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Is it possible to determine the Delaunay cell containing a given point efficiently?

Yes, it is possible to find the nearest point set associated with the Delaunay cell containing a given point $ c\in R^d$. As we discussed in Section 3.3, the Delaunay complex can be represented by the convex hull of appropriately lifted points in $ R^{d+1}$, and the non-vertical facets coincide with the Delaunay cells once they are projected to the original space. Thus the problem of determining the Delaunay cell containing a given point $ c$ can be reduced to finding the first facet of a polyhedron ``shoot'' by a ray.

To be more precise, let $ f(x) = x_1^2 + \cdots + x_d^2$, and let $ \tilde{p}= (p, f(x)) \in R^{d+1}$ for $ p \in S$. Then the lower hull $ P$ of the lifted points $ \tilde{S}:=\{\tilde{p}: p\in S\}$:

$\displaystyle P = conv(\tilde{S}) + nonneg(e^{d+1})

represents the Delaunay complex. Here $ e^{d+1}$ is the unit vetor in $ R^{d+1}$ whose last component is $ 1$. For any vector $ \tilde{y} \in R^{d+1}$ and $ y_0 \in R$, let $ \tilde{y}^T x \ge -y_0$ denote a general inequality of a variable vector $ x \in R^{d+1}$. For such an inequality to represent a valid inequality of $ P$ (see Section 2.2), it must be satisfied by all points in $ \tilde{S}$:

$\displaystyle \tilde{y}^T \tilde{p} \ge -y_0, \forall \tilde{p} \in \tilde{S},$ (9)

and by any points shifted vertically upwards, i.e.

$\displaystyle \tilde{y}^T ( \tilde{p} + \alpha e^{d+1})
\ge -y_0, \forall \tilde{p} \in \tilde{S}$    and any $\displaystyle \alpha \ge 0.

Under the first inequality (9), the last inequality is equivalent to

$\displaystyle \tilde{y}_{d+1} \ge 0.$ (10)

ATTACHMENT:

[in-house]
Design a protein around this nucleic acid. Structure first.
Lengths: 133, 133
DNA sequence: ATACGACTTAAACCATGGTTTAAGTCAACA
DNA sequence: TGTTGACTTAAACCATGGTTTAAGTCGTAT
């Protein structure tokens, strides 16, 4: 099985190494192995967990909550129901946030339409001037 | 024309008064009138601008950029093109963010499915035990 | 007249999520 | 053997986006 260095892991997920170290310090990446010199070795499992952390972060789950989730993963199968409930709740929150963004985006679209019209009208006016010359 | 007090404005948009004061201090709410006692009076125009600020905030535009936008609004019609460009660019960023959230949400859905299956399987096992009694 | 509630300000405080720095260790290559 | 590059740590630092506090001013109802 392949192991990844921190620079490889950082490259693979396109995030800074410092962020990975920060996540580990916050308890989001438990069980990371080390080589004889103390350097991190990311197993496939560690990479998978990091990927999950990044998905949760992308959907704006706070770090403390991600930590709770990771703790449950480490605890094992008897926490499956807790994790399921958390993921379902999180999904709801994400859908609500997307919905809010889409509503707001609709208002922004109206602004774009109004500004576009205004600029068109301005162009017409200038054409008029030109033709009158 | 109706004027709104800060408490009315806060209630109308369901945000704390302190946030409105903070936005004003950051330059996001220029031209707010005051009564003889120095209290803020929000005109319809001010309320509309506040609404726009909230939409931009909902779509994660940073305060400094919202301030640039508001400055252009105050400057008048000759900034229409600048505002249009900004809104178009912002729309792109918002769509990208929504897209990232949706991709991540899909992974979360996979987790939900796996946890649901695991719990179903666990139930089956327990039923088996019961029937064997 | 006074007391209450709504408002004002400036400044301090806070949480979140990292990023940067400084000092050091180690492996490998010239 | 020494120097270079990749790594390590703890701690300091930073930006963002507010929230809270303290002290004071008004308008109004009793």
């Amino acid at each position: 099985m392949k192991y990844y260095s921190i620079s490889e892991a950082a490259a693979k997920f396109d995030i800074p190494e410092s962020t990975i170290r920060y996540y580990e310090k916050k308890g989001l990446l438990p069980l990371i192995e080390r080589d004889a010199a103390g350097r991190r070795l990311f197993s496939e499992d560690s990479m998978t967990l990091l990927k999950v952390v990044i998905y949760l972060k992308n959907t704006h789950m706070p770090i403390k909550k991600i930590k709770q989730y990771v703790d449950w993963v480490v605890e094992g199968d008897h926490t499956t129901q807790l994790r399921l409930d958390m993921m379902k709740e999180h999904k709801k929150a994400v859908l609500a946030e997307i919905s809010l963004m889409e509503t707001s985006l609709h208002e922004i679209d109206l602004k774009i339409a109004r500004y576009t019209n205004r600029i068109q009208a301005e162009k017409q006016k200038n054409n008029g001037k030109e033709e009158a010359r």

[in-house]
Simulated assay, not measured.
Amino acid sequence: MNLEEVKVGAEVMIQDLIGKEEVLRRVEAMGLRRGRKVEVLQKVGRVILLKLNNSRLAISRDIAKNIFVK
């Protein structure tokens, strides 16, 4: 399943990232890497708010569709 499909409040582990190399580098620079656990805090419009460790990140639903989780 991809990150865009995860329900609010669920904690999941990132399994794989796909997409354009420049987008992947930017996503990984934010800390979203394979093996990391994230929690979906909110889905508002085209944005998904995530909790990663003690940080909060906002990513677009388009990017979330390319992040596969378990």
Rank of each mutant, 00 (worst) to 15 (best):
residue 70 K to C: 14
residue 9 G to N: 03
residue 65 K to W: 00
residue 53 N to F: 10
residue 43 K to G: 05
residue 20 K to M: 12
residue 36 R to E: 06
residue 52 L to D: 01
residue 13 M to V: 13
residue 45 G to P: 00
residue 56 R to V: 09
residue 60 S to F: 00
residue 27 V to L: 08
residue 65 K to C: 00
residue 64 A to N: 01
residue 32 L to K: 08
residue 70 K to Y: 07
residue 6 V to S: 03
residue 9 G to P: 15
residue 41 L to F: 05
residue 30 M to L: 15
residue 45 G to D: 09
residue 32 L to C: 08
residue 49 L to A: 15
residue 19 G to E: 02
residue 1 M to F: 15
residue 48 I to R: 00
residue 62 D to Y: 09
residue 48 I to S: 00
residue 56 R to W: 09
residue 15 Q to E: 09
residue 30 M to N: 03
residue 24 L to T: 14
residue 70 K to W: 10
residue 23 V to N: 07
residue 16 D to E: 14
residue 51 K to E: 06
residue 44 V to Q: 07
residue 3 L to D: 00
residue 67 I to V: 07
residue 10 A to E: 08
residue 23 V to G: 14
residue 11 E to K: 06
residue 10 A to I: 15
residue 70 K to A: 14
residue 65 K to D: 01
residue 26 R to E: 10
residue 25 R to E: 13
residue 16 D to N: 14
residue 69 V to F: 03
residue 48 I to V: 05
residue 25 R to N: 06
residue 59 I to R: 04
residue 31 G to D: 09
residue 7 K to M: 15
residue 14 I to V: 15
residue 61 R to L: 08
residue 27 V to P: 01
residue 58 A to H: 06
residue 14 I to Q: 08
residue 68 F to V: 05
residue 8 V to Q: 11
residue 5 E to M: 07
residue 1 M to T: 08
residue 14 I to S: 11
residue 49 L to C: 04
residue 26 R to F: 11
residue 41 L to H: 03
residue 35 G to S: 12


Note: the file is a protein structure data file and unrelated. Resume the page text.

Now every Delaunay cell is a projection of a non-vertical facet of $ P$. We are thus looking for an inequality $ \tilde{y}^T x \ge -y_0$ satisfying (9), (10) and $ y_{d+1}\neq 0$. By scaling with $ \tilde{y}_{d+1}>0$, we may assume $ \tilde{y}_{d+1} = 1$. For a given point $ c$, let $ \tilde{c} = (c, 0)^T$, and let $ L(\lambda)= \tilde{c} + \lambda \; e^{d+1}$, $ \lambda \ge 0$. Determining the Delaunay cell containing $ c$ is equivalent to finding the last inequality ``hit'' by the halfline $ L$. More precisely, it is to find a non-vertical facet inequality such that the intersecion point of the corresponding hyperplane $ \{ x : y^T x = -y_0\}$ and the half line $ L(\lambda), \lambda \ge 0$ is highest possible.

By substituting $ L(\lambda)$ for $ x$ in $ y^T x = -y_0$ with $ \tilde{y}_{d+1} = 1$, we obtain

$\displaystyle \lambda = -y_0 - y^T c,

where $ y$ denotes the vector $ \tilde{y}$ without the last coordinate $ \tilde{y}_{d+1}$. The LP formulation is therefore:

  minimize $\displaystyle z :=$   $\displaystyle y_0 +$ $\displaystyle y^T c$ (11)
  subject to   $\displaystyle f(p)$ $\displaystyle + y_0 +$ $\displaystyle y^T p \ge 0$    for all $\displaystyle p \in S.$    

While an optimal solution $ (y_0, y)$ to this LP may not determine any facet in general, the simplex method always returns an optimal basic solution which determines a facet inequality in this case. The Delaunay cell containing $ c$ is the one determined by the set of points in $ S$ whose corresponding inequalities are satisfied by equality at the optimal solution. If the LP solution is not degenerate, the dual variables that are positive at the dual optimal solution coincides with the former set.

It is important to note that the above LP might be unbounded. If it is unbounded, it can be easily shown that $ c$ is not in any Delaunay cell, i.e., not in the convex hull of $ S$. A certificate of unboundedness actually induces a hyperplane strongly separating $ c$ from $ S$. (why?)

next up previous contents
Next: Sample session with cdd+ Up: Voronoi Diagram and Delaunay Previous: Is it possible to   Contents
Komei Fukuda 2004-08-26